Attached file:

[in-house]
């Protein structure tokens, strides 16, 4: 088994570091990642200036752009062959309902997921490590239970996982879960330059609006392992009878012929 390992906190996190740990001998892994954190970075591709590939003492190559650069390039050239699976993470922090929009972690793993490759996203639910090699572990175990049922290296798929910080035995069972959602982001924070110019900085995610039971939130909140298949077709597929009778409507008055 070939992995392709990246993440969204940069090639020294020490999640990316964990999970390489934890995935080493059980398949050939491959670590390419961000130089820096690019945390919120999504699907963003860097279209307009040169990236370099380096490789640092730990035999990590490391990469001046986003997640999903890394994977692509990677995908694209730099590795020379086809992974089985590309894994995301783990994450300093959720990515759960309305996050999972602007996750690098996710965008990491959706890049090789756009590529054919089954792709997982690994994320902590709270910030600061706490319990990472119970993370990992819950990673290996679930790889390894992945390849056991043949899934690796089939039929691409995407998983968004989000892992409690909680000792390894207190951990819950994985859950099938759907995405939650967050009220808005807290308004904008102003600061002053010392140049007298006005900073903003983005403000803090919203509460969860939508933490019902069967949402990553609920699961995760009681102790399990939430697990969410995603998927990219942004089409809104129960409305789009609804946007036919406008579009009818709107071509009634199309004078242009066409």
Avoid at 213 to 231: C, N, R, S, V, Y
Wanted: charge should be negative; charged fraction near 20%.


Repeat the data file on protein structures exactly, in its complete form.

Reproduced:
[in-house]
């Protein structure tokens, strides 16, 4: 088994570091990642200036752009062959309902997921490590239970996982879960330059609006392992009878012929 390992906190996190740990001998892994954190970075591709590939003492190559650069390039050239699976993470922090929009972690793993490759996203639910090699572990175990049922290296798929910080035995069972959602982001924070110019900085995610039971939130909140298949077709597929009778409507008055 070939992995392709990246993440969204940069090639020294020490999640990316964990999970390489934890995935080493059980398949050939491959670590390419961000130089820096690019945390919120999504699907963003860097279209307009040169990236370099380096490789640092730990035999990590490391990469001046986003997640999903890394994977692509990677995908694209730099590795020379086809992974089985590309894994995301783990994450300093959720990515759960309305996050999972602007996750690098996710965008990491959706890049090789756009590529054919089954792709997982690994994320902590709270910030600061706490319990990472119970993370990992819950990673290996679930790889390894992945390849056991043949899934690796089939039929691409995407998983968004989000892992409690909680000792390894207190951990819950994985859950099938759907995405939650967050009220808005807290308004904008102003600061002053010392140049007298006005900073903003983005403000803090919203509460969860939508933490019902069967949402990553609920699961995760009681102790399990939430697990969410995603998927990219942004089409809104129960409305789009609804946007036919406008579009009818709107071509009634199309004078242009066409």
Avoid at 213 to 231: C, N, R, S, V, Y
Wanted: charge should be negative; charged fraction near 20%.